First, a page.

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Custom Grazing: Why I Got Out

By   /  August 27, 2018  /  5 Comments

After five start-up years as a custom grazier, Meg decided to make some changes. Here she talks about why and what her new set up is.

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I spent my first five years as a farmer raising custom cow-calf pairs, but my custom grazing days ar
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About the author

I graduated from West Virginia University in 2012 with a degree in livestock management, and a minor in agribusiness. While at WVU, I won a statewide entrepreneurship competition with a patentable device I designed for video-assisted cattle artificial insemination. I then spent six months interning for grazing expert Greg Judy in Missouri. Now I run Rhinestone Cattle Consulting, helping new and experienced farmers build profitable mob grazing beef operations. I offer artificial insemination, electric fence building and graphic design services too. I'll travel anywhere in the 48 states for on-farm consulting and speaking at conferences.


  1. Byron Palmer says:

    Hey Meg,

    Really enjoyed the article. We custom graze as well. We also direct market a small amount as well as sell organic finished cattle wholesale. I totally appreciate the part of your article talking about loosing autonomy when you have a herd owner. We spend a lot of time with requests, but also finding herd owners that can provide cattle at the scale we need. We spend time thinking about switching over to owning a larger percentage. However I did want to point out that the benefits you talked about being with being seasonal and carrying more units essentially increasing turnover can be achieved with custom grazing. We run cattle seasonally with yearlings and get the benefit of seasonality and higher stocking rates. Plus in our neck of the woods Cow/Calf has the lowest return per 100 weight of any class. So it pays to run yearlings or finishers if the finishers prices are weight adjusted. Thanks for sharing it was fun read!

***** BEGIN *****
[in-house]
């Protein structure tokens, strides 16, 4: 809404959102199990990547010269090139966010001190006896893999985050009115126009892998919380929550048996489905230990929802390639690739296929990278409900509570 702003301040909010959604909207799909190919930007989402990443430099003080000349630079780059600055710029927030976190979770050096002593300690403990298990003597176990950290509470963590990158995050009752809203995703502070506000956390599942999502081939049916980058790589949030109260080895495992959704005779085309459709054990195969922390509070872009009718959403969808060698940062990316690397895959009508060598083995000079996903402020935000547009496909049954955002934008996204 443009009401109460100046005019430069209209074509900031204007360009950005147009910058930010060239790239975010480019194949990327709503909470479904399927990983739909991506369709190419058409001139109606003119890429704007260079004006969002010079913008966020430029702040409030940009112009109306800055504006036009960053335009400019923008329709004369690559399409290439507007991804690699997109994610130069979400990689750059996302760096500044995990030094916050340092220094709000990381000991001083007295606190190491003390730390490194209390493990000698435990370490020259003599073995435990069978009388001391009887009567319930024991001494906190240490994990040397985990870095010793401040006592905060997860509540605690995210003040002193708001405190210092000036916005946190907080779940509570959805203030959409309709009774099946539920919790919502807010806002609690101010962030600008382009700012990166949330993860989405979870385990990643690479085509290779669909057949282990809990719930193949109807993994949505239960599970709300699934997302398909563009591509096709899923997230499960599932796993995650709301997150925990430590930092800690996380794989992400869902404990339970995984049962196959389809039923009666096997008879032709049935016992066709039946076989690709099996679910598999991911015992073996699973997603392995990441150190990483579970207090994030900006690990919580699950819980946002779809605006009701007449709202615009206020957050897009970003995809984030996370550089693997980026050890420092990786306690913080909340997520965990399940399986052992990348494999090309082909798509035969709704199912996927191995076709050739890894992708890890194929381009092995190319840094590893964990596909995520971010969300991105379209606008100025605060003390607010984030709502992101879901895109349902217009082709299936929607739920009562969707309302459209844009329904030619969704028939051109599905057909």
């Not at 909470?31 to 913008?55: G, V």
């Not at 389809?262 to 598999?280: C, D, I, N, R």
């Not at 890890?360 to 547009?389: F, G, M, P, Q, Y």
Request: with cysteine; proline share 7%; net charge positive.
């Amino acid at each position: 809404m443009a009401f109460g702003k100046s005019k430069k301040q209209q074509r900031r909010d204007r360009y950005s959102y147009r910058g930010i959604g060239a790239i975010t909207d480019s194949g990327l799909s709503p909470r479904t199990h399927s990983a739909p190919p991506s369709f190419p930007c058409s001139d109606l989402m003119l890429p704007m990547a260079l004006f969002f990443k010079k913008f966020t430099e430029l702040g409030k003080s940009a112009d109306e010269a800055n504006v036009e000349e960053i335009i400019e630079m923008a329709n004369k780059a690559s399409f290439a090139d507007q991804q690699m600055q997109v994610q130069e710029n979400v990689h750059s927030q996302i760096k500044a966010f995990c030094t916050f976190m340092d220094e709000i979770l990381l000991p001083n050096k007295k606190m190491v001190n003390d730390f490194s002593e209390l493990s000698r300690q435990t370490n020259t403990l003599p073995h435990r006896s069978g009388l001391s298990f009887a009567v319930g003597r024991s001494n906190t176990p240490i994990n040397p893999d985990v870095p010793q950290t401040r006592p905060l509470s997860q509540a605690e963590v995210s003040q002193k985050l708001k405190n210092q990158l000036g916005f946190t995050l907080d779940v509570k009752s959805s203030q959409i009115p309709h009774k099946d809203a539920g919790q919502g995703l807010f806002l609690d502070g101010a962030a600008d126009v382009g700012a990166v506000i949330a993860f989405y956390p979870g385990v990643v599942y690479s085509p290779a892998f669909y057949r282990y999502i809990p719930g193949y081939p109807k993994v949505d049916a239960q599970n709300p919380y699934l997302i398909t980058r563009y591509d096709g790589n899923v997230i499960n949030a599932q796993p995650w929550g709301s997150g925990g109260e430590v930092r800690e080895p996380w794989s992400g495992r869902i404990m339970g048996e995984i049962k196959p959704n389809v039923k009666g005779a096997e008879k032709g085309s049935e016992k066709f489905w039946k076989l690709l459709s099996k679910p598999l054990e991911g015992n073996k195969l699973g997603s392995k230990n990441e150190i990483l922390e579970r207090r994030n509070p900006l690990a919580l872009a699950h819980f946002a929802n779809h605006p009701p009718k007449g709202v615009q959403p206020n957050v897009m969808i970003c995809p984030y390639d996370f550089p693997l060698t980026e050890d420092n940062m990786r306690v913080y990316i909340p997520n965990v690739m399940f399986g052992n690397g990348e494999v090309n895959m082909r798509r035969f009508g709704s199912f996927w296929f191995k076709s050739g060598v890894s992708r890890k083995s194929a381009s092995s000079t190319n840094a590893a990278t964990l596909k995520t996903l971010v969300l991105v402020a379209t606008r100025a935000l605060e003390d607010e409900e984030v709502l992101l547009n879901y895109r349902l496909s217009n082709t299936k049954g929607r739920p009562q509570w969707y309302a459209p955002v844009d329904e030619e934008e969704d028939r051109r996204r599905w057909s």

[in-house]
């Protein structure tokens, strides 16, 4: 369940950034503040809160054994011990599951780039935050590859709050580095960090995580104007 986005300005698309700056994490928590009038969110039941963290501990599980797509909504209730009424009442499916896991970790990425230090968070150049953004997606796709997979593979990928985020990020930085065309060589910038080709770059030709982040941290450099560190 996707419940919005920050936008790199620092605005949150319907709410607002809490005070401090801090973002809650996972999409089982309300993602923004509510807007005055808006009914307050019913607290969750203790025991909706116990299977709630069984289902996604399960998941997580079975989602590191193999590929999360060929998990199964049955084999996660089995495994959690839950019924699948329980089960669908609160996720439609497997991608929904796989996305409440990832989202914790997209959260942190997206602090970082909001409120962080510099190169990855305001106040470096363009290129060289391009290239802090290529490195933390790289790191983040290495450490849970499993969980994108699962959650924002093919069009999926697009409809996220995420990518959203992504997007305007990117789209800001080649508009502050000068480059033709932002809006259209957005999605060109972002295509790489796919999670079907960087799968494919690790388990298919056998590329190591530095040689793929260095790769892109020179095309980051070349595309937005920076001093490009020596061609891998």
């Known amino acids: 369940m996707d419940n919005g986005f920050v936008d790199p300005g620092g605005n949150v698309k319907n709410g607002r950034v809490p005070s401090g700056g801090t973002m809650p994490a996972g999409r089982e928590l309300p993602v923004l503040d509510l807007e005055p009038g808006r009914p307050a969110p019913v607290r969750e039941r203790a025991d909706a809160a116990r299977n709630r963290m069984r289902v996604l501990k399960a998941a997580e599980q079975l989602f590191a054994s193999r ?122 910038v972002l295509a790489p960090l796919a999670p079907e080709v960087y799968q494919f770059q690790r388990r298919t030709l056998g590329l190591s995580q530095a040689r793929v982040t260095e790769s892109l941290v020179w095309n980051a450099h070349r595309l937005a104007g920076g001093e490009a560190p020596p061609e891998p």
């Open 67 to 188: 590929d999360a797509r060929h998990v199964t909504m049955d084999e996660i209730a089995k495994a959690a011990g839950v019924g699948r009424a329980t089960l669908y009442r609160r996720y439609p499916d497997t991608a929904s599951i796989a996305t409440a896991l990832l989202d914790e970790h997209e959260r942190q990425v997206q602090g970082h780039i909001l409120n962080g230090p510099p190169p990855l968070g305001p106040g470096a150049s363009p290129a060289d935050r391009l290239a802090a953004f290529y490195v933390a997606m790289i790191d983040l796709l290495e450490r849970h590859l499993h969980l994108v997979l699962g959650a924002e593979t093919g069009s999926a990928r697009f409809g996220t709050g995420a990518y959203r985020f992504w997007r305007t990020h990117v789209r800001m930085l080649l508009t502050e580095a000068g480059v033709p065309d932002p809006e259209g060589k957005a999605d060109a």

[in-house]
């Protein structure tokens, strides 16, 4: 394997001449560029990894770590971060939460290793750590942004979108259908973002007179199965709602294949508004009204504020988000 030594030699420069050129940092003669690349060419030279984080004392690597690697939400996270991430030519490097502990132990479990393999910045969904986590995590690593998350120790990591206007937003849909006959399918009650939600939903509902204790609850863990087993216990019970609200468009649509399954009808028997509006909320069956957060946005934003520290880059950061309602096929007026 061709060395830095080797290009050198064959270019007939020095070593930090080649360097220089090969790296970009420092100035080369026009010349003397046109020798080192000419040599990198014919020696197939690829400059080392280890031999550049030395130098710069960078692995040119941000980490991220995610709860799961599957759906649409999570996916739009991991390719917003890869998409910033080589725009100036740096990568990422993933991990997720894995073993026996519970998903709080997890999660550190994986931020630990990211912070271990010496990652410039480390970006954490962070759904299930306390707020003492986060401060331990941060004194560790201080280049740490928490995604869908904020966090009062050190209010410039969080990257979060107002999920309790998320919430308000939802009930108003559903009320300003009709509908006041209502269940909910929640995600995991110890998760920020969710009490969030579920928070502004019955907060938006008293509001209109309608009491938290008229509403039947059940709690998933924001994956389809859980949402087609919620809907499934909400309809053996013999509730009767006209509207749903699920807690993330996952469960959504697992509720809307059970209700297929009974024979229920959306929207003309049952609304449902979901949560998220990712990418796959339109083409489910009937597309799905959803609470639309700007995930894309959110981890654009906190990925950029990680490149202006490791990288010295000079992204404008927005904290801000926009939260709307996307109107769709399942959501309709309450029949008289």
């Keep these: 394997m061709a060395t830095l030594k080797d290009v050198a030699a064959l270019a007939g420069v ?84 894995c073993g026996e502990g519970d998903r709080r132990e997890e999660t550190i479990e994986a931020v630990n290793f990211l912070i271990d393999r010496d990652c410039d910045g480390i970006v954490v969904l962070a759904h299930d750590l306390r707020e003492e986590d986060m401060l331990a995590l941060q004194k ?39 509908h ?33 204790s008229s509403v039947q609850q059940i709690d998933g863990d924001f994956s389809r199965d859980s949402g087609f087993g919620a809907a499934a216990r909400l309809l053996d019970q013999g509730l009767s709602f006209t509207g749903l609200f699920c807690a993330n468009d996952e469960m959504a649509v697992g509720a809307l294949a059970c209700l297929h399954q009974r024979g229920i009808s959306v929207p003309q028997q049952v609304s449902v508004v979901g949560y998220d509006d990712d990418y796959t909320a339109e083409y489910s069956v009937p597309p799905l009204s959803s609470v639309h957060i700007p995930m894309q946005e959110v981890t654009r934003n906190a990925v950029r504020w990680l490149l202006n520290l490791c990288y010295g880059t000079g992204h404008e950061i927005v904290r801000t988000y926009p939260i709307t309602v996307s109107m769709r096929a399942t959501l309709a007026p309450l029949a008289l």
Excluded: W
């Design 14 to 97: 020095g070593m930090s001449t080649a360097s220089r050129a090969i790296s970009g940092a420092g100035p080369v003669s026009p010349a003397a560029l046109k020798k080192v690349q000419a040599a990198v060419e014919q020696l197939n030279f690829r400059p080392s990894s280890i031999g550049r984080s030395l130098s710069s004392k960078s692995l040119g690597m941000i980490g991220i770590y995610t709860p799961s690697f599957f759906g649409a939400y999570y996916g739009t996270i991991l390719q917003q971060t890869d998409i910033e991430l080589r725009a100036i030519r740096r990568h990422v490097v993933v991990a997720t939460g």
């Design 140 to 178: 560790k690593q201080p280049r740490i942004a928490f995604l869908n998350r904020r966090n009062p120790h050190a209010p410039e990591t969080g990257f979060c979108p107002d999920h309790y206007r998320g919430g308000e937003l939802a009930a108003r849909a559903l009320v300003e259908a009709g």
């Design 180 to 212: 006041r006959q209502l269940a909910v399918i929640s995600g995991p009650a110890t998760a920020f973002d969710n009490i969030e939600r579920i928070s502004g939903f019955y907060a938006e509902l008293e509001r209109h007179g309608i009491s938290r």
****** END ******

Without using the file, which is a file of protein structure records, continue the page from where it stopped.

2. George says:

    Whats your website?

  3. Don K. says:

    You didn’t say how you were going to acquire your heifers. If you are going to buy them yourself at the local sale barn, I would suggest you make an agreement with one of the regular cattle buyers to purchase them for you. Even though you pay them a commission you would probably still come out spending less in the long run.

    • I purchased the heifers from a grassfed ranch in Kansas, through Bill Roberts of 12 Stones Grassland Beef. Bill acted as escrow and I trust him to find me the genetics I need for both myself and the buyer of my heifers to succeed. I dislike the idea of buying sale barn cattle because they can be sick, stressed, and from unknown genetic backgrounds/management schemes.

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